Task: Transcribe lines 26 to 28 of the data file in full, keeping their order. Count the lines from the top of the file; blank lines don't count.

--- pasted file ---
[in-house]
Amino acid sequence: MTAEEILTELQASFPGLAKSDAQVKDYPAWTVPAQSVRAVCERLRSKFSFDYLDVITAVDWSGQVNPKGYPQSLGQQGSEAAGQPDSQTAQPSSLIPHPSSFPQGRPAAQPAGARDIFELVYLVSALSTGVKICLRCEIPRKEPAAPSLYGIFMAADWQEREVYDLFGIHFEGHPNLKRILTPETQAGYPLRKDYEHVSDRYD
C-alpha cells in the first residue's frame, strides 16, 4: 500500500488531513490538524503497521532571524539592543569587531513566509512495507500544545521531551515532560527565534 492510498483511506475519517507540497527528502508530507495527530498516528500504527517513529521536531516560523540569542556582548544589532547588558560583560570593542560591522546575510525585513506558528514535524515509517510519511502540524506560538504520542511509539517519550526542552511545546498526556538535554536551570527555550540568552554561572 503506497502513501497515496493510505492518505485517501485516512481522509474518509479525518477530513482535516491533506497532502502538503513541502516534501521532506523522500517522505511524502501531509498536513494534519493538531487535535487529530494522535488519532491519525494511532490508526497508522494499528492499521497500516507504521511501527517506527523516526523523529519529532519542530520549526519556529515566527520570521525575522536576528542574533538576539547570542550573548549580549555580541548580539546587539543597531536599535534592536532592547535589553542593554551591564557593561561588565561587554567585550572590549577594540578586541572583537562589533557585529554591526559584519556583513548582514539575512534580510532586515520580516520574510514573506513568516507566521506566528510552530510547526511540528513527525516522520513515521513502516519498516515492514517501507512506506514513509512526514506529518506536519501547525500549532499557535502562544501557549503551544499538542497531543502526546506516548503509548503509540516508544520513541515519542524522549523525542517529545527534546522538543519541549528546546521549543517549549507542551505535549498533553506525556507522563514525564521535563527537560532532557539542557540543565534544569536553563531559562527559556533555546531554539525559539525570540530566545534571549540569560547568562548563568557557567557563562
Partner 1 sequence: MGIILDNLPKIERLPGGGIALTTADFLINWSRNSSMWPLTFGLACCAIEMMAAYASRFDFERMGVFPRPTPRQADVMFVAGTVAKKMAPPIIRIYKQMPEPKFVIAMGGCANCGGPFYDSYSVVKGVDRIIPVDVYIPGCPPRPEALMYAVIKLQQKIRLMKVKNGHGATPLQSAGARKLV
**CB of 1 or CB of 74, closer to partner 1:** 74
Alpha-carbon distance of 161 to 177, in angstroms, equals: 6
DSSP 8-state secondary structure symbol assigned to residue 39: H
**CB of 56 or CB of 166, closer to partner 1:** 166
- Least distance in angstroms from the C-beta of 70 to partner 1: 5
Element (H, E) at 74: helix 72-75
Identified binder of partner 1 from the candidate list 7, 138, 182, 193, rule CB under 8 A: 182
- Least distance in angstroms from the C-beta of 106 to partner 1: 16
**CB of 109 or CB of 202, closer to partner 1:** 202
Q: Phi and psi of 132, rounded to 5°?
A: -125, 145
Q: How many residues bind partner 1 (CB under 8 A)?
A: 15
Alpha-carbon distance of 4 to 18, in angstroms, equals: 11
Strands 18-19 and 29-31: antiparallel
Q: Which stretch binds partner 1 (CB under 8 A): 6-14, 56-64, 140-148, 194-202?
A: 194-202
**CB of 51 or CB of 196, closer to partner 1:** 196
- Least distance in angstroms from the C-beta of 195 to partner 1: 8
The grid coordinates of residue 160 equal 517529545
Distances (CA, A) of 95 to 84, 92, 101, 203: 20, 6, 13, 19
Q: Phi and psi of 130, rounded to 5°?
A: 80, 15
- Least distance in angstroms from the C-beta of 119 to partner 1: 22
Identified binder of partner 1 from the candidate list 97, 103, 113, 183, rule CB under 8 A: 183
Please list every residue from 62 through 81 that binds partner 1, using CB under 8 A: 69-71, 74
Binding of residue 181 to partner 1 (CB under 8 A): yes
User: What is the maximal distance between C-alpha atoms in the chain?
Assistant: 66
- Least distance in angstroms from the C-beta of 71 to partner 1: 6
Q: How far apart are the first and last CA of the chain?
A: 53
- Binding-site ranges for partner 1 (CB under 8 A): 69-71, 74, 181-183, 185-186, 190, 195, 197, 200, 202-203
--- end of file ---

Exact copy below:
Q: Phi and psi of 130, rounded to 5°?
A: 80, 15
- Least distance in angstroms from the C-beta of 119 to partner 1: 22